Betty Cuthbert won a place in the hearts of Australians after winning three gold medals in the 1956 Melbourne Olympics . Winning the 100m, 200m and 100m team relay, the blue eyed girl from Ermington was the first Australian ever to win three gold medals at a single Games, earning the title of the nation’s Golden Girl.
The film below, from the Parramatta City Council Archives at the Heritage Centre, shows how popular she was with the people of Parramatta who lined Church Street to catch a glimpse of this extraordinary athlete.
How many of the landmarks in this footage are recognizable to you today?
Below is a newspaper account of the parade held on 10 December 1956.
The Argus – Tuesday 11 December 1956
SYDNEY, Monday: Fifty thousand cheering Parramatta people today hailed their Olympic golden girl, Betty Cuthbert, during a victory parade through her home town.
Work stopped in Parramatta’s shops where Betty, in the back of an open Rolls Royce drove along the main street, where cheering crowds stood six deep.
Betty’s parents, Mr. and Mrs. L. G. Cuthbert, her twin-sister, Marie, her grandmother, Mrs. McCleland, and her cousin Margaret, 11, followed in another Rolls Royce.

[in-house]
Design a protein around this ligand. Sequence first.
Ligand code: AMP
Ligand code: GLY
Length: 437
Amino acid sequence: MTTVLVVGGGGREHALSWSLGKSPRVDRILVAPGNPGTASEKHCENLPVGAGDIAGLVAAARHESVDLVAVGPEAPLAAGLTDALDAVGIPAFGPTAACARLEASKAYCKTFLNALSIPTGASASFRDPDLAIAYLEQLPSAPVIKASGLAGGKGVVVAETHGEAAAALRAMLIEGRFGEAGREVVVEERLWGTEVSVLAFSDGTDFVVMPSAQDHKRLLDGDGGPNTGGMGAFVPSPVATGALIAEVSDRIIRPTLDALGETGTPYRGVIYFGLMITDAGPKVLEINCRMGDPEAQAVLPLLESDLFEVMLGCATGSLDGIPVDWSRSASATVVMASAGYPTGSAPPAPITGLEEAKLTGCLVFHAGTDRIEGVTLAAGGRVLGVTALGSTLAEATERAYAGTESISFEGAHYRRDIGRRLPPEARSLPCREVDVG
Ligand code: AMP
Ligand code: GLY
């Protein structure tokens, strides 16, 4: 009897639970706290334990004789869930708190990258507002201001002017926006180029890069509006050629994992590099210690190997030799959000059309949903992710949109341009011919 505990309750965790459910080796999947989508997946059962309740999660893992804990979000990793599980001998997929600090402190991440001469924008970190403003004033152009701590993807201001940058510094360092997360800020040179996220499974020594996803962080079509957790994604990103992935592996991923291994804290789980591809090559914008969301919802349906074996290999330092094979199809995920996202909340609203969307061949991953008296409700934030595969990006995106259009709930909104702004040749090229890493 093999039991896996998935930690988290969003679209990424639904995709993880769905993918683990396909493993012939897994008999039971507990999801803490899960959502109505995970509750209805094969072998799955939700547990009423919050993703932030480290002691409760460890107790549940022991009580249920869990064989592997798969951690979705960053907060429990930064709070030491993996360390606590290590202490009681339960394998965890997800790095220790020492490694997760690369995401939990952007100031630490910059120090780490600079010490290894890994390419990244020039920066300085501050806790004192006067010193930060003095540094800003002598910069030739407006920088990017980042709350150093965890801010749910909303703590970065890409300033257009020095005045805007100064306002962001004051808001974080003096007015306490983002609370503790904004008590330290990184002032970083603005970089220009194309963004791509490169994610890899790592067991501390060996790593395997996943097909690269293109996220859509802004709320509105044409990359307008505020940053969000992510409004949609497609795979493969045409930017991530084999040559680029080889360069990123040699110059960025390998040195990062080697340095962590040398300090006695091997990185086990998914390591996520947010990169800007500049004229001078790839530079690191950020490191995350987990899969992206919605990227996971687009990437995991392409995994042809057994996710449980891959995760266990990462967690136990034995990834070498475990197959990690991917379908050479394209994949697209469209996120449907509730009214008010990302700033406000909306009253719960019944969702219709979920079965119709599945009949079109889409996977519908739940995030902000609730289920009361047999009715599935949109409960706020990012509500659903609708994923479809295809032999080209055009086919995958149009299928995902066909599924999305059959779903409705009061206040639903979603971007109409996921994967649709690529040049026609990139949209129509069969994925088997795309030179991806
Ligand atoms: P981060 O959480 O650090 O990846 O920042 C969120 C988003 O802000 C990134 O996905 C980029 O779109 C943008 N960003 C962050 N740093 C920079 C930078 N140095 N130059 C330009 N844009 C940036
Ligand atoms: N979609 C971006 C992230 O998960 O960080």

When the cars reached Church St. a band, marching girls, and 400 schoolgirls, joined the procession.
Trim in her green and white Olympic uniform the 18-year-old champion stood to acknowledge the roar from the crowd.
Betty drove under banners across the road reading: “Parramatta welcomes Betty Cuthbert.” “Welcome to Betty, our Golden Girl.”
Outside the flag-decked town hall, Alderman E. A. Hunt, Mayor, welcomed Betty and her family, and introduced her to a group of… children in wheelchairs.
Presenting Betty with a scroll granting her freedom of Parramatta, Alderman Hunt said: “Parramatta welcomes and acclaims you. Never in the field of international sport have so many honors been gained by such a young and charming representative.
Peter Arfanis, Archivist, Parramatta Heritage Centre, Parramatta City Council. 2013